Sustainable design does not just apply to new construction; retrofitting of existing buildings should be an option and can be more cost-effective than building a new facility. With our project, we opted to retrofit as well as reposition an existing building rather than allowing further decay of the property or demolishing it and building new. My future posts will focus on specific details and products that we will utilize in our sustainable design process.

While the definition of sustainable building design continues to evolve, according to the Whole Building Design Group (WBDG) Sustainable Committee there are six fundamental principles that persist. References to some of our sustainable design solutions that will be written in upcoming posts are included below in the fundamental principles.


Optimize Site Potential

Creating sustainable buildings starts with proper site selection, including the reuse or rehabilitation of existing buildings.

  • We chose a contaminated site and remediated the property.
  • The project is an abandoned auto body garage that will be repurposed rather than demolished.

Location, orientation, and landscaping of a building affect ecosystems, transportation methods, and energy use.

  • A south facing orientation will enable us to harness solar energy and utilize the sun for daylighting within the structure.
  • Proximity to major bus and train lines provides alternative transportation.
  • The use of native plants and rainwater collection

Optimize Energy Use

It is essential to find ways to reduce energy load, increase efficiency, and maximize the use of renewable energy resources.

  • Solar energy via solar panels
  • LED lighting
  • Daylight Harvesting
  • Energy efficient windows, appliances, and HVAC

Protect and Conserve Water

Fresh water is an increasingly scarce resource; a sustainable building should use water efficiently, and reuse or recycle water for on-site use.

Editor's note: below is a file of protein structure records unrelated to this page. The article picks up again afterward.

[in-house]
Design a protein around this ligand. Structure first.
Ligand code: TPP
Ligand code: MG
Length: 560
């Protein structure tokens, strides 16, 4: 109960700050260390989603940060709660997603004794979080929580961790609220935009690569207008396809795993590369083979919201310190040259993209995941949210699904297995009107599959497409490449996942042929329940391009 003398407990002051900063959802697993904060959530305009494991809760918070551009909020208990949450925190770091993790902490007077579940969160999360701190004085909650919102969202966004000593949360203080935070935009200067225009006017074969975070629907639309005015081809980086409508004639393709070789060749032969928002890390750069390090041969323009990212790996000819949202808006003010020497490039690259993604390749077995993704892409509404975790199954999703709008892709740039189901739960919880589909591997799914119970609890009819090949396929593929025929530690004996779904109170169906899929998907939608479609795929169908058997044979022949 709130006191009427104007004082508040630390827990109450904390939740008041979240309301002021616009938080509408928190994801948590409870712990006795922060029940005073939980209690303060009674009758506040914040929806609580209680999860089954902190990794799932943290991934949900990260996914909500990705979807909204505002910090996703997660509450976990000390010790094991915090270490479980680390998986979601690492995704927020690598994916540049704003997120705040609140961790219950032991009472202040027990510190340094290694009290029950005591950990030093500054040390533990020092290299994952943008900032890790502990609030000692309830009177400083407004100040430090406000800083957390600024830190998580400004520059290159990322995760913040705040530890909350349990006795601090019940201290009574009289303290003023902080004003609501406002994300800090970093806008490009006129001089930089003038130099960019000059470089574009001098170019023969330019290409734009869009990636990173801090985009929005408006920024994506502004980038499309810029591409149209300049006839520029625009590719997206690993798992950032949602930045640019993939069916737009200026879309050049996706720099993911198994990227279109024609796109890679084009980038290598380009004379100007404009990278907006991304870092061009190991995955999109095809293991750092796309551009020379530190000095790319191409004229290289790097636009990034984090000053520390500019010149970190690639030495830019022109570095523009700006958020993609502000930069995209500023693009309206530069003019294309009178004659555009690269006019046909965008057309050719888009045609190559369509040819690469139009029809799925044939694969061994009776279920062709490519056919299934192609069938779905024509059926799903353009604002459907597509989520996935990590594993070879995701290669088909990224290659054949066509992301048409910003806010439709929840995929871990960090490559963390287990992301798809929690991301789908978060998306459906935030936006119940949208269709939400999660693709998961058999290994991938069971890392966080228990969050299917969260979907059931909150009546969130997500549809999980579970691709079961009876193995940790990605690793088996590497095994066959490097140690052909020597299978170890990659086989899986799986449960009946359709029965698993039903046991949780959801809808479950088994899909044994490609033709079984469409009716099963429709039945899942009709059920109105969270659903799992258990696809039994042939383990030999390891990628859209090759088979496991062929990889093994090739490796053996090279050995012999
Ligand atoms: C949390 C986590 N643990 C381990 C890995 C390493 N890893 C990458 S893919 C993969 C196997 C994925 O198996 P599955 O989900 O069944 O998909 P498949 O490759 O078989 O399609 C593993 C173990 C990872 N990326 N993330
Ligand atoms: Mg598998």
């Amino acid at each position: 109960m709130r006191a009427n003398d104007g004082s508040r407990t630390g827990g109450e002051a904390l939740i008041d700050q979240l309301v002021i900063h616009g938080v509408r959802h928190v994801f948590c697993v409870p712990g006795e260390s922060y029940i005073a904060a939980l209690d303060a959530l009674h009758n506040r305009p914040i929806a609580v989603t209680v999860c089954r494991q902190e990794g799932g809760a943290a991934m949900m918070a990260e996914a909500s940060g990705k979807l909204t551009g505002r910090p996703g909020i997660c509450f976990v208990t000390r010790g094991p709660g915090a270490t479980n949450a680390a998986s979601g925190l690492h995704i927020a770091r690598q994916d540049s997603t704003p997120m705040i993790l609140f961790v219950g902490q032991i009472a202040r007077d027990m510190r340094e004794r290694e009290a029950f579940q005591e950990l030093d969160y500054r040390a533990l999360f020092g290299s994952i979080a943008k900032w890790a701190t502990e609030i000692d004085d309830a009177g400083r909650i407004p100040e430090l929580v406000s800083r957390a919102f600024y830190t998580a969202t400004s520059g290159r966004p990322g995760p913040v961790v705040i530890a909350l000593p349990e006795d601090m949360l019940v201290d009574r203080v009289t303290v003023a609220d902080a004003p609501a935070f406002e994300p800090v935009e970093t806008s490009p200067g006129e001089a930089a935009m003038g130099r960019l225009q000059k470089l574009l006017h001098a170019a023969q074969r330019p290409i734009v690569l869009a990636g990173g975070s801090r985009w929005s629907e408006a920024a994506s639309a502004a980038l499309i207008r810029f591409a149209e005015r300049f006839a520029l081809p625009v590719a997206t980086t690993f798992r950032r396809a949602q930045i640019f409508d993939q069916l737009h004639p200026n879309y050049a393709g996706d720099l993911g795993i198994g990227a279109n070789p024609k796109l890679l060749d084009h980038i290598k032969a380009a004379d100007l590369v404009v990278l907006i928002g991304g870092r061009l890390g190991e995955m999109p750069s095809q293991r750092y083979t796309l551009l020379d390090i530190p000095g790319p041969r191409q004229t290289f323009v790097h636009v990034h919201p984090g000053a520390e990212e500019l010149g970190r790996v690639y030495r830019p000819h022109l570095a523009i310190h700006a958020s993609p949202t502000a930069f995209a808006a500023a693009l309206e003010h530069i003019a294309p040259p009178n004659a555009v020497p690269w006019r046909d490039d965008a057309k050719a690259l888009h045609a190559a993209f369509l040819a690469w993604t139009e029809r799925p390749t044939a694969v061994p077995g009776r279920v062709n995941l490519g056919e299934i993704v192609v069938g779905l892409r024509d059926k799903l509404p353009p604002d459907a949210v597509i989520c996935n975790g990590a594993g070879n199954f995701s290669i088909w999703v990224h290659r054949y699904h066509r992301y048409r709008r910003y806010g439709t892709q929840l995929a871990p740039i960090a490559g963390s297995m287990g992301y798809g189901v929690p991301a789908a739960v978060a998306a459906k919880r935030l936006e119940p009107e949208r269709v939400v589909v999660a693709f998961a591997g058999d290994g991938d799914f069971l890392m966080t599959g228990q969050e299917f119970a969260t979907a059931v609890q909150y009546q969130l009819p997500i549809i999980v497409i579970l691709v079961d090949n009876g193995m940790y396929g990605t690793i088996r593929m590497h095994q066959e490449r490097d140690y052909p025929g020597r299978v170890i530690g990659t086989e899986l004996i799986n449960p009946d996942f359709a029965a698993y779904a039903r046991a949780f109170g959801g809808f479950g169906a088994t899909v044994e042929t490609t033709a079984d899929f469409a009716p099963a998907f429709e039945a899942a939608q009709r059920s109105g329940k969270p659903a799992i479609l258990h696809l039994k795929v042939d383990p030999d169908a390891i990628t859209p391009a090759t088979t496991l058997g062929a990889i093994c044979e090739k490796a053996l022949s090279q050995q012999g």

• Cistern and water collection
  • Low flow toilets, sinks, and appliances
  • Grey water use where allowed

Optimize Building Space and Material Use

Available resources are stressed to due demands for additional goods and services. A sustainable building is designed and operated to use and reuse materials, environmentally preferable materials have a reduced effect on human health and the environment.

  • Shared uses for small building space
  • Low VOC paints, sealants and adhesives
  • Use of reclaimed wood

Enhance Indoor Environmental Quality (IEQ)

The IEQ of a building has a significant impact on occupant health, comfort, and productivity. A sustainable building maximizes daylighting, has appropriate ventilation, moisture control, optimizes acoustic performance, and avoids the use of materials with high-VOC emissions.

  • Low VOC paints, sealants and adhesives
  • Flush out building before occupancy
  • Thermal Comfort Control
  • Provide quality views

Optimize Operational and Maintenance Practices

Encourage optimal operations and maintenance systems during the design and development phases, specify materials and systems that simplify and reduce maintenance requirements; require less water, energy and toxic chemicals. Include meters to track sustainability initiatives, reductions in energy and water use and waste generation.

  • Energy and water metering
  • Recycling Waste Plan
  • Building Envelope Commissioning